Howse was convicted despite testimony from the victim, Tarrance Vickers, that the rapper was a friend who never pulled a gun on him.

Sentencing is scheduled for July 14.

Vickers initially told police that he and Howse had an argument Dec. 26, 1999, over the rapper’s girlfriend. The confrontation took place at Howse’s Woodland Hills, Calif., home where Vickers said Howse pulled an AK-47 out of a crib, loaded it and aimed it at him.

Fred Nelson, Vickers’ brother, also testified that Howse brandished the weapon during the dispute. Howse’s girlfriend, Jennifer Spencer, admitted that he had a gun on that day.

However, defense lawyer Phyllis Brown-Scarlett denied the event ever happened and Vickers took the witness stand to recant the story he had given police.

Jurors didn’t buy Vickers’ new version of the events.

“His story changed from what he told police and what he told the detective to what he said on the stand,” one unidentified juror told the Los Angeles Times.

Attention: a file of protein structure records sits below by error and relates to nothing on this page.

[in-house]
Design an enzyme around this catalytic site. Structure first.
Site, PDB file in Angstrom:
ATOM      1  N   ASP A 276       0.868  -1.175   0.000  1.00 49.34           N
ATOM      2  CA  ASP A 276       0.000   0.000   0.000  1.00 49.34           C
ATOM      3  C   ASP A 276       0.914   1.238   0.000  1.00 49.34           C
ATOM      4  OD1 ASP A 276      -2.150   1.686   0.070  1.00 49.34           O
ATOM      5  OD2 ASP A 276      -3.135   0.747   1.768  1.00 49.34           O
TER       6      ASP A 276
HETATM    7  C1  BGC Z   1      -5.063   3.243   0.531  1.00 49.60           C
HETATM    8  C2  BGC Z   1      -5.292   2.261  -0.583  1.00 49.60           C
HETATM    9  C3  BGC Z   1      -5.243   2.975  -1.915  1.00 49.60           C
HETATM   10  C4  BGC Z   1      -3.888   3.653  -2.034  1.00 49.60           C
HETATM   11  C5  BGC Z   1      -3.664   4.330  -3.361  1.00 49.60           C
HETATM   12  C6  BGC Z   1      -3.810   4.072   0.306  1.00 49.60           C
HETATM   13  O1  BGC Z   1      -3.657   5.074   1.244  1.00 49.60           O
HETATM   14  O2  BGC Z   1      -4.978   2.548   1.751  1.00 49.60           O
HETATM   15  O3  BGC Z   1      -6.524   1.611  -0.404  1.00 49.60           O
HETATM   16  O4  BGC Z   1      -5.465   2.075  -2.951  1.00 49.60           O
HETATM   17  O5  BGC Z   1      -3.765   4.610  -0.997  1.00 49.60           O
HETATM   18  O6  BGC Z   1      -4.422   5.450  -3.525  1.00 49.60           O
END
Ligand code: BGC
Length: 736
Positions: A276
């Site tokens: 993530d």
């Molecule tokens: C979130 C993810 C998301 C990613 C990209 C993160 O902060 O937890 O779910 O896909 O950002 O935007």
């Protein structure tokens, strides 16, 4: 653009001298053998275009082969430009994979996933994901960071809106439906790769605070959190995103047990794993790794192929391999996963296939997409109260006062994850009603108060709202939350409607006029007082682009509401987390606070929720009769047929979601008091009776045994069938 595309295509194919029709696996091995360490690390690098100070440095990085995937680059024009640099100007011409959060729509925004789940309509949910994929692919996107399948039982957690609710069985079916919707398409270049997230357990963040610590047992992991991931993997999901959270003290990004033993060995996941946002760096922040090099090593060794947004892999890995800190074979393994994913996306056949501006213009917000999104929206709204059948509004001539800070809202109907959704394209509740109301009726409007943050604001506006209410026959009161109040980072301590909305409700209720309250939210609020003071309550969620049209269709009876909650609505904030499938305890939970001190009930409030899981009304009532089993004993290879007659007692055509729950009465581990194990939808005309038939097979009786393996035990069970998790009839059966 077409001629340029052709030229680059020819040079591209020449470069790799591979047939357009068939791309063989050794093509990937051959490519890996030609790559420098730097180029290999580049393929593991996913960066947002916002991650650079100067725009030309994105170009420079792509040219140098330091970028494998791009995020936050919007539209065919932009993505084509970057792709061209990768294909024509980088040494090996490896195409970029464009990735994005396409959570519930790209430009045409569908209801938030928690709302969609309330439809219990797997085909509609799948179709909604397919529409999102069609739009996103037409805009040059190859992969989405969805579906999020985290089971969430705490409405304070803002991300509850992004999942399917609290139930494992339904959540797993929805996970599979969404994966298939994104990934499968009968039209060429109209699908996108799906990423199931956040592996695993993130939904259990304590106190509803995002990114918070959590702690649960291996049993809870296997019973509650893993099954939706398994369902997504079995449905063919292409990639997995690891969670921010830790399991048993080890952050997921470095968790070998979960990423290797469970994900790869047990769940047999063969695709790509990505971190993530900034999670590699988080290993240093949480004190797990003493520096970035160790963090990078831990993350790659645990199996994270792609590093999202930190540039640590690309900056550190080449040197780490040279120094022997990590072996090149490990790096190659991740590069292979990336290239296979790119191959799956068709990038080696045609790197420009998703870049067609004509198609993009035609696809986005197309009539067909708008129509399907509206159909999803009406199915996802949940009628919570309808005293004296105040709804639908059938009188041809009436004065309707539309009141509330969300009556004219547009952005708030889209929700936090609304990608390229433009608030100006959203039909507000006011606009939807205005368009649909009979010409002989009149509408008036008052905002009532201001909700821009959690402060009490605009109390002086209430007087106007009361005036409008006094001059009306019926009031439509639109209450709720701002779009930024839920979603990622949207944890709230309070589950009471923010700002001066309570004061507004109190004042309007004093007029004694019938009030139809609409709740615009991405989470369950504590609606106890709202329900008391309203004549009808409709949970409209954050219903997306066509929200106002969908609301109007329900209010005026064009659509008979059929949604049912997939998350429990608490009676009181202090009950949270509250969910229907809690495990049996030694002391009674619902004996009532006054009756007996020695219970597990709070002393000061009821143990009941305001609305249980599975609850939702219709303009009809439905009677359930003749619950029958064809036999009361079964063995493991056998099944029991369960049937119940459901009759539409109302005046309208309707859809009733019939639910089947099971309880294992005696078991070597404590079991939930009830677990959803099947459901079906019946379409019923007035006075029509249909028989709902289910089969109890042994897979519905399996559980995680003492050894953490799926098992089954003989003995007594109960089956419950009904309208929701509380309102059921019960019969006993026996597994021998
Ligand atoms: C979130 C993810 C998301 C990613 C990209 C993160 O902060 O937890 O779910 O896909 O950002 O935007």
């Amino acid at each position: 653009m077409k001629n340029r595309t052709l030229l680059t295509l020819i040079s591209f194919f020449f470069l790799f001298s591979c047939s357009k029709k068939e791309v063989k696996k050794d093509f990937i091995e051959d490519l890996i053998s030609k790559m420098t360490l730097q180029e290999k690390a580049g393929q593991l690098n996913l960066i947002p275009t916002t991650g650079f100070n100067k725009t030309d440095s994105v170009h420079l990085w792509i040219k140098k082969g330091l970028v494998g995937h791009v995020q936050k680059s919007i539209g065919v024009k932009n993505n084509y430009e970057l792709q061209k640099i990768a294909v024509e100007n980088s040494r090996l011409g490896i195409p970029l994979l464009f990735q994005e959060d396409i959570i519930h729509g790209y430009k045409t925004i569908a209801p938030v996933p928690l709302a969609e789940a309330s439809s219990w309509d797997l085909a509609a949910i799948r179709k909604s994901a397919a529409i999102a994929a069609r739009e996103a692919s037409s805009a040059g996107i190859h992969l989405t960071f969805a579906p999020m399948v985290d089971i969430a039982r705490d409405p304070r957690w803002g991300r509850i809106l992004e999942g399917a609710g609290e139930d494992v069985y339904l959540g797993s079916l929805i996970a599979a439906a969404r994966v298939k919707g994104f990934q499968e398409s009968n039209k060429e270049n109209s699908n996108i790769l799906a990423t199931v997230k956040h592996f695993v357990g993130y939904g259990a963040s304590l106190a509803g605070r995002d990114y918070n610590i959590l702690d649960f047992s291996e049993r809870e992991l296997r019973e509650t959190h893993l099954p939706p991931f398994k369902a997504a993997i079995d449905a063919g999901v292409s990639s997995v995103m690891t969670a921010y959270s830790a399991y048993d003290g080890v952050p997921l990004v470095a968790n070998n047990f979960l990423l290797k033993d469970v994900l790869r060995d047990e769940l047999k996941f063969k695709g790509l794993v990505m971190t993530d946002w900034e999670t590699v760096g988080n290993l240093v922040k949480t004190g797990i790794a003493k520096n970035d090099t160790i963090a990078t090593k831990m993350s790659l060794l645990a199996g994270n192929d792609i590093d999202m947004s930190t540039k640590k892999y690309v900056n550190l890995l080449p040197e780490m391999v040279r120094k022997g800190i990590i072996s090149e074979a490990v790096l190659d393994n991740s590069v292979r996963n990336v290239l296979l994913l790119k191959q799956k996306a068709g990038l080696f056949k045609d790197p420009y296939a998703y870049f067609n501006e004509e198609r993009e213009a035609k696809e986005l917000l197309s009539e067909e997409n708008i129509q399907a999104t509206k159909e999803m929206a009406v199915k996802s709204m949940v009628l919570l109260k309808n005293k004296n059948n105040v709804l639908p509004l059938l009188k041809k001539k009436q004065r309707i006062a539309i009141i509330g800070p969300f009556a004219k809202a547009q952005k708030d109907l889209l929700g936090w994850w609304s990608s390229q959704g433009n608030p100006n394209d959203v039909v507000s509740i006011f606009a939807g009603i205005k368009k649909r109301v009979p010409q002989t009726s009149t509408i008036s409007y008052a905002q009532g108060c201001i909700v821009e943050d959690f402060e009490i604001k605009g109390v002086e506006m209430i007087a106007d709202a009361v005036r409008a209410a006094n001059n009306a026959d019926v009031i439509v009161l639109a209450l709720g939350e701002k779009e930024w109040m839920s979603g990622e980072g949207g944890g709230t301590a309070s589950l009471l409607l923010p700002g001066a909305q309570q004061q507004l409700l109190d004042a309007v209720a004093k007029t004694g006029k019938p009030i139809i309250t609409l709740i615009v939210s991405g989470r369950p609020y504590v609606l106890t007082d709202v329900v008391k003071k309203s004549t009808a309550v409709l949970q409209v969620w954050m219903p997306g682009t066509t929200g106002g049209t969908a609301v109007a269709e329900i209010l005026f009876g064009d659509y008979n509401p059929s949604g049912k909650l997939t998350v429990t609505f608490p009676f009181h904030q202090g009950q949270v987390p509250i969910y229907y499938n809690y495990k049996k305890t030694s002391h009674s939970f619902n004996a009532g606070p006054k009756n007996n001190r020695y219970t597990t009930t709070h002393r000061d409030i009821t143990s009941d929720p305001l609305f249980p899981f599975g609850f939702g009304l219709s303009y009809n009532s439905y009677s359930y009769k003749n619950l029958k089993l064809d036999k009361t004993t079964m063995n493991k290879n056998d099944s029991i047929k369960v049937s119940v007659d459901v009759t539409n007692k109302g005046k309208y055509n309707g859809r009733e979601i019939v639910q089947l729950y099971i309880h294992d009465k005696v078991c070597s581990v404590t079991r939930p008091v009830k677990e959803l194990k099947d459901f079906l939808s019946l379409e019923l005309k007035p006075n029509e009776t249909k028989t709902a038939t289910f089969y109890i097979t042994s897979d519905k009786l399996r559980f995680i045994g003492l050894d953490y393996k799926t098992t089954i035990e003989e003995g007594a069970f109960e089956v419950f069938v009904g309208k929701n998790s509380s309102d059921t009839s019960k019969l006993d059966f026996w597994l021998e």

It was not Howse’s first run-in with the justice system.

The 27-year-old Grammy winner has seven previous convictions for violent crimes – including spousal abuse and assault – since arriving in California from Cleveland in 1998. He pleaded guilty in February 1998 to assault with a deadly weapon for attacking a neighbor in the Los Angeles suburb of Chatsworth.

He is due back in court June 19 to face felony weapons and other charges in a separate case that occurred a week after the incident with Vickers.

Bone Thugs-N-Harmony has made four albums, including BTNHResurrection, which sold more than 280,000 copies the first week after its March debut.

John K. Pierson, a business attorney for the group, said the other four members were saddened by the verdict but had no plans to replace Howse should they tour this summer.

“You have to understand, these guys are a family. The grew up together and it’s a family enterprise,” Pierson told the Times.

Howse’s attorney said she plans to file an appeal.